Three Birds, a Billionaire and the Hyper-Local Future of News

joe ricketts Three Birds, a Billionaire and the Hyper Local Future of News

On the morning of Monday, May 17, a Web site called DNAinfo.com published a story about a rooster named Napoleon Bonaparte and two hens, named Lucy and Apple. The story was a classic nugget of neighborhood reporting: a concise anecdote about how officials had made life better for an abandoned bird, which spoke to the broader renaissance within the park.

There are scores of community news sites in the city, but DNAinfo is particularly improbable: It’s the brainchild of Joe Ricketts, the billionaire founder of TD Ameritrade and owner of the Chicago Cubs, who grew up in Nebraska and now lives in the wilds of Wyoming.

Why would a billionaire plainsman want to get mixed up in Lower East Side bird poop?

‘It’s not a vanity project. He genuinely cares.’ —Managing editor Leela de Kretser, former Newser employee

Like seemingly everyone else these days, Mr. Ricketts wants to figure out the future of news, and he has chosen the streets of New York to conduct an experiment of sorts. The name of his venture may sound more like a bio-genetics company than a earnest news site dedicated to zealously cover community board meetings and the like, but Mr. Ricketts chose the name (which stands for Digital Network Associates) to reflect the organization’s multimedia ambitions.

DNAinfo.com is now up and running, cranking out daily videos, brief articles and slide shows, focusing on the tick-tock-zoning disputes, fires, crimes, restaurant openings, transportation disputes, roosters-of 22 neighborhoods throughout Manhattan. The sleekly designed Web site went beta in November 2009 and is still finding its audience. According to estimates from Quantcast, DNAinfo.com was visited by slightly fewer than 35,000 unique visitors over the last month.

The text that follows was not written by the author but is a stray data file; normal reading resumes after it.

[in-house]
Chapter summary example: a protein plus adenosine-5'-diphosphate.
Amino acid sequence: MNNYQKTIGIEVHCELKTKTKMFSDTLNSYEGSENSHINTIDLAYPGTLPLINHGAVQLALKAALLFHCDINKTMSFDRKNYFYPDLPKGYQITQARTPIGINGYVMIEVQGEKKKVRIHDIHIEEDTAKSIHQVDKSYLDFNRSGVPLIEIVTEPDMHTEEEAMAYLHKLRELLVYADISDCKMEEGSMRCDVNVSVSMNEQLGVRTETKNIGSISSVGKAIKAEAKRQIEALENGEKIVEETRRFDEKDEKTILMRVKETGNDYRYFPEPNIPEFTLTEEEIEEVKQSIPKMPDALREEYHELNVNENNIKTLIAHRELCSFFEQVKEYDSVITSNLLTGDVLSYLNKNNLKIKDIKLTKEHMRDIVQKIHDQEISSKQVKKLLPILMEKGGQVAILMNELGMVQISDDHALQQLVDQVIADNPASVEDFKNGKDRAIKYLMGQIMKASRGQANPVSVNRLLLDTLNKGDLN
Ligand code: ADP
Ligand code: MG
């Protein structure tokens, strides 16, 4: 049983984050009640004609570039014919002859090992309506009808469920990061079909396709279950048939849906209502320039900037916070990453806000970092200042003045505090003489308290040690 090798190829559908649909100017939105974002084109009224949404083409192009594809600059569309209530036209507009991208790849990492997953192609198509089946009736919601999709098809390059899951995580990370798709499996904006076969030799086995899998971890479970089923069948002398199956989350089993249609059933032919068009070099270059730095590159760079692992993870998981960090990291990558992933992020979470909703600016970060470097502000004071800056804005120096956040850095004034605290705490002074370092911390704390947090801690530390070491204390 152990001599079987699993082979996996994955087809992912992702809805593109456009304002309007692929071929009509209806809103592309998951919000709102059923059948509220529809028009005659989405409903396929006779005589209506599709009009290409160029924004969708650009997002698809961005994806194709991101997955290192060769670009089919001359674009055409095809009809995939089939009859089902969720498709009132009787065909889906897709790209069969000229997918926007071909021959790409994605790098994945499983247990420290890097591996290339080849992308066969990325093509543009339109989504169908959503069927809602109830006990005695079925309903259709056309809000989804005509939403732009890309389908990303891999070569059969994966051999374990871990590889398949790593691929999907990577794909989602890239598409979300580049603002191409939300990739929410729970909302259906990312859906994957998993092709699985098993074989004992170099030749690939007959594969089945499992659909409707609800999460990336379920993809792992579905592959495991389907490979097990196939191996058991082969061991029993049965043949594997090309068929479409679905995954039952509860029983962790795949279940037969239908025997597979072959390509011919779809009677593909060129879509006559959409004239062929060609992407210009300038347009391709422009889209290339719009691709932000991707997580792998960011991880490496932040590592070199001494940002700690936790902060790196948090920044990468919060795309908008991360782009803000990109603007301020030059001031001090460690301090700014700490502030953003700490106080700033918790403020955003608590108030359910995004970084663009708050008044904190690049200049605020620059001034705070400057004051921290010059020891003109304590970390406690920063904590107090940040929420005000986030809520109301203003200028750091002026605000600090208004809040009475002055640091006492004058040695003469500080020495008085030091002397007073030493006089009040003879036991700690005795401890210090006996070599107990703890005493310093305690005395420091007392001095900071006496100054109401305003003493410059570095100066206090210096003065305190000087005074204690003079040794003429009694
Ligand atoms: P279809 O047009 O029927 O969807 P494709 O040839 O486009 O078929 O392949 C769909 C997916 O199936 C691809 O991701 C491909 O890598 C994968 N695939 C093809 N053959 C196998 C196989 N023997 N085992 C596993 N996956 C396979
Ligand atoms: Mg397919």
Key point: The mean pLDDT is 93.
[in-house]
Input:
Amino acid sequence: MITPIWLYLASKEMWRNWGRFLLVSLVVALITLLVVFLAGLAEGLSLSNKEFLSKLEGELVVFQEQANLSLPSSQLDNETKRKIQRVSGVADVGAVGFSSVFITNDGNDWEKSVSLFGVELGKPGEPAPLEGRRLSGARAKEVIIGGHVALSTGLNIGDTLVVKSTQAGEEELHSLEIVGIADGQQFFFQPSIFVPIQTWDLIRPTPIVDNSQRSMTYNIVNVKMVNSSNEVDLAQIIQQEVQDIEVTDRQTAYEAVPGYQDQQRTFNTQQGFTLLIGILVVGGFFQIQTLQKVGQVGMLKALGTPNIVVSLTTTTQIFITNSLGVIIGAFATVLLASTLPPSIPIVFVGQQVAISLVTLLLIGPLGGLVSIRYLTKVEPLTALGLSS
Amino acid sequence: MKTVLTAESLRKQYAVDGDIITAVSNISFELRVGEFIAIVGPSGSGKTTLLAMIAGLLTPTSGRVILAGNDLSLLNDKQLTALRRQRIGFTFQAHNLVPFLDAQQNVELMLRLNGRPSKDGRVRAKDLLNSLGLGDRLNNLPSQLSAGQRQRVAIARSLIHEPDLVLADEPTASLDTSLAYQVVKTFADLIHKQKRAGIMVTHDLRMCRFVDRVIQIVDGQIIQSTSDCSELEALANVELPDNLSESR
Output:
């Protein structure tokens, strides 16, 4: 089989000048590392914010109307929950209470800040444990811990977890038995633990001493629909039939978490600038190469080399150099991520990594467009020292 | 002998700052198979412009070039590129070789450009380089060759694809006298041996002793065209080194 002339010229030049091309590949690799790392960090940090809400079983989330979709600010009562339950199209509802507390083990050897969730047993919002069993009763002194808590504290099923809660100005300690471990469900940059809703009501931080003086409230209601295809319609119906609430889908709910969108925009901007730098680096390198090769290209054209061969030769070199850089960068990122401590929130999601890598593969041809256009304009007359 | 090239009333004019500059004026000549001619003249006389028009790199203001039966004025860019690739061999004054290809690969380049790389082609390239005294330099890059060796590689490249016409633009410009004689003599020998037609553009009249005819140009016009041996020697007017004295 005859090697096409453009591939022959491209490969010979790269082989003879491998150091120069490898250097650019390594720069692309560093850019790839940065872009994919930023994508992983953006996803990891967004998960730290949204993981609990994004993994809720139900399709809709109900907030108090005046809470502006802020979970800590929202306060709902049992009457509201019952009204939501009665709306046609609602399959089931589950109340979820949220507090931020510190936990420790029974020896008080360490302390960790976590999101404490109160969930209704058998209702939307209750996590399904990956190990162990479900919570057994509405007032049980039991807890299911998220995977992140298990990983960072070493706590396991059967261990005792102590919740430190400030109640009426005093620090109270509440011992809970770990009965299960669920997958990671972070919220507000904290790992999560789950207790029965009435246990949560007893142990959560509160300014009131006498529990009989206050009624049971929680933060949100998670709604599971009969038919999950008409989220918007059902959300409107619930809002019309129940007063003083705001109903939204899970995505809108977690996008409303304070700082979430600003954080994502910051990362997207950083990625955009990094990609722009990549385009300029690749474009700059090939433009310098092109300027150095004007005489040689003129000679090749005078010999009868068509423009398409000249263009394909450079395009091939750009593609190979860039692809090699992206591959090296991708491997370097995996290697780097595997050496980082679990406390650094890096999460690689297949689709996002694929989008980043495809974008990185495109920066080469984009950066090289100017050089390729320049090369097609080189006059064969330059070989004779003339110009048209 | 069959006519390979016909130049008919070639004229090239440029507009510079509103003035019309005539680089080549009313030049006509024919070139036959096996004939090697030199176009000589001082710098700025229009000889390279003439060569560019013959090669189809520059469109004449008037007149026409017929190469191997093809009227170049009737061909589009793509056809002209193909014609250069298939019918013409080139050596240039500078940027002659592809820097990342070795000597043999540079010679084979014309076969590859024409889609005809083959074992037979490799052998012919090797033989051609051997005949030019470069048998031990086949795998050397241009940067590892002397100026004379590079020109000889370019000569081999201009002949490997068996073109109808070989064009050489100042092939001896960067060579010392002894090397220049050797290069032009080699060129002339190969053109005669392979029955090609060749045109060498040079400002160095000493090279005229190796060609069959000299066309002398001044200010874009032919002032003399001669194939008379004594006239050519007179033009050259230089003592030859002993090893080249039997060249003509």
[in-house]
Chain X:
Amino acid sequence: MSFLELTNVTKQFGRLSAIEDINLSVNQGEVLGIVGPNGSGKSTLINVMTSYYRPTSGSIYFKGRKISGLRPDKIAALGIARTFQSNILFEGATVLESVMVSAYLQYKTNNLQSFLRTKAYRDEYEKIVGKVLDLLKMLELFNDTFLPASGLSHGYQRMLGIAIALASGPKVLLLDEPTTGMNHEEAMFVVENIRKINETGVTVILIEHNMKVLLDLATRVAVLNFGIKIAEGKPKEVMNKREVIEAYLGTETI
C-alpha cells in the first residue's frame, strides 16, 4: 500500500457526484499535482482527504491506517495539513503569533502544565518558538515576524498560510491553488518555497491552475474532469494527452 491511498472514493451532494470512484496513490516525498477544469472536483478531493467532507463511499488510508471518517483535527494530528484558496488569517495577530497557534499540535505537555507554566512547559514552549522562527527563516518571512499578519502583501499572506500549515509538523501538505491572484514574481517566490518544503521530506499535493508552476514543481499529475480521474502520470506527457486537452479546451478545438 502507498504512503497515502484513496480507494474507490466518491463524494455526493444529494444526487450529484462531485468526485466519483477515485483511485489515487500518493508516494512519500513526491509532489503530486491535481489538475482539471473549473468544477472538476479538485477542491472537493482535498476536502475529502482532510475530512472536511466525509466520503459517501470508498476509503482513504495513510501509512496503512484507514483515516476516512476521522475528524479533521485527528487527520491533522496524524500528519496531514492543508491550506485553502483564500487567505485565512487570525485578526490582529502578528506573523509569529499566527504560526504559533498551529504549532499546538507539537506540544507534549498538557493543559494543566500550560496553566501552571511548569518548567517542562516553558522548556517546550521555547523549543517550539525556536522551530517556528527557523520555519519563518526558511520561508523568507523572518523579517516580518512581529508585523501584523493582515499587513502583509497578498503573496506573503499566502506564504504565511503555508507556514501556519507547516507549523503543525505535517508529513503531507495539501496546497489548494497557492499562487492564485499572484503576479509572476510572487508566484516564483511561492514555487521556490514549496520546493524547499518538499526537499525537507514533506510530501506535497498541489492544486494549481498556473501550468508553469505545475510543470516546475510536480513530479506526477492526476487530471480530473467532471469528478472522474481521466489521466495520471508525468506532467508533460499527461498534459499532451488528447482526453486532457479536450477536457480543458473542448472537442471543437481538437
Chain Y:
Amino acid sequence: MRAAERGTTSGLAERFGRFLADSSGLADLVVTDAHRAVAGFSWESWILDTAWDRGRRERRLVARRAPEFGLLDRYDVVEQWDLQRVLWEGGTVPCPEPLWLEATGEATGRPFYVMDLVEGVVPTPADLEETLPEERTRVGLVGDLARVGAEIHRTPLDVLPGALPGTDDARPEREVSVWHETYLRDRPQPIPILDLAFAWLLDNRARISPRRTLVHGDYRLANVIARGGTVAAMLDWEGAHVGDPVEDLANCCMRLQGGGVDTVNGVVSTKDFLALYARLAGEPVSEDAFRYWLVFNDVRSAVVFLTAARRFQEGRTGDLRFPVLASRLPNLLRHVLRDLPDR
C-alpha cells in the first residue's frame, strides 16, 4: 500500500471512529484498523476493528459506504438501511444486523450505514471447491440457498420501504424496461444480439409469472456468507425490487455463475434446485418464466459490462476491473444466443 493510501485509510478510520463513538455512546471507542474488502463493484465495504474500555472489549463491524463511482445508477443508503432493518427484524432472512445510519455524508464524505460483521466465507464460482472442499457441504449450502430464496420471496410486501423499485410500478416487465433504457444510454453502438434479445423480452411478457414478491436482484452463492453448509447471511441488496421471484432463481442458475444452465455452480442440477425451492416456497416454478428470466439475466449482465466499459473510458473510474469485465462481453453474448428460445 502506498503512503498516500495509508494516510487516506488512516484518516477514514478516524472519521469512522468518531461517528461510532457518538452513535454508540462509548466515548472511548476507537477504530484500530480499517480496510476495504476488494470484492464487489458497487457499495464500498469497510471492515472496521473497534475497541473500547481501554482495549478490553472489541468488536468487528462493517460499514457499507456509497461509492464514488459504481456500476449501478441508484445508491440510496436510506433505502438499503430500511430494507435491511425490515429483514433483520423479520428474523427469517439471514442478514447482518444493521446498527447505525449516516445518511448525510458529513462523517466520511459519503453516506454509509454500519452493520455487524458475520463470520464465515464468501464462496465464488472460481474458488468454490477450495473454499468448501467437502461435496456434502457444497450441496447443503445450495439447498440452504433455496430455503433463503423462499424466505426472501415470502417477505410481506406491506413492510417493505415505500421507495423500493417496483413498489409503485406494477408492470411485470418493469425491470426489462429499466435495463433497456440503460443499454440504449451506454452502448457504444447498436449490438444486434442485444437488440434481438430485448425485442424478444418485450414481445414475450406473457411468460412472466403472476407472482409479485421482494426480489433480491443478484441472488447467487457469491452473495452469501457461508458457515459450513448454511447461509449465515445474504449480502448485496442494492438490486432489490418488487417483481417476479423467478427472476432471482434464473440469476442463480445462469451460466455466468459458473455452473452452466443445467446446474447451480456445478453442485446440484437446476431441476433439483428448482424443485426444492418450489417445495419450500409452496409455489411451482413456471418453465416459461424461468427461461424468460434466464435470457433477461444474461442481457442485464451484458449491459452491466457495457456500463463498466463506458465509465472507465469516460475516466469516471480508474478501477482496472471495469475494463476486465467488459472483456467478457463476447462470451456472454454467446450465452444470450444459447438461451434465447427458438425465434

In New York, Leela de Kretser, an Australian-born journalist, who previously assisted Michael Wolff in writing his biography of Rupert Murdoch and later worked at Mr. Wolff’s aggregation site Newser, oversees the editorial operations.

According to Ms. de Kretser, DNAinfo now has roughly 25 editorial employees and is continuing to hire. In addition to embedding reporters in specific neighborhoods, the site also has a handful of reporters covering beats such as politics, courts and crime. The organization, said Ms. de Kretser, incorporates social media, but it wants its professional, compensated writers to start the neighborhood conversations.

“Free content can be really interesting, particularly if you get enough of it that you can be choosy,” she said. “You set the tone of the conversation reasonably high with well-done news stories, and then add the free content-not the other way around.”

 

TYPICALLY, SELF-MADE businessmen buy media properties in New York to establish themselves as society players. But since starting DNAinfo, Mr. Ricketts has done little to puff up his profile here. There have been no lavish launch parties. No poaching of big-ticket writers. No hiring of celebrity columnists.

“Never heard of him,” said blogger-about-town David Patrick Columbia.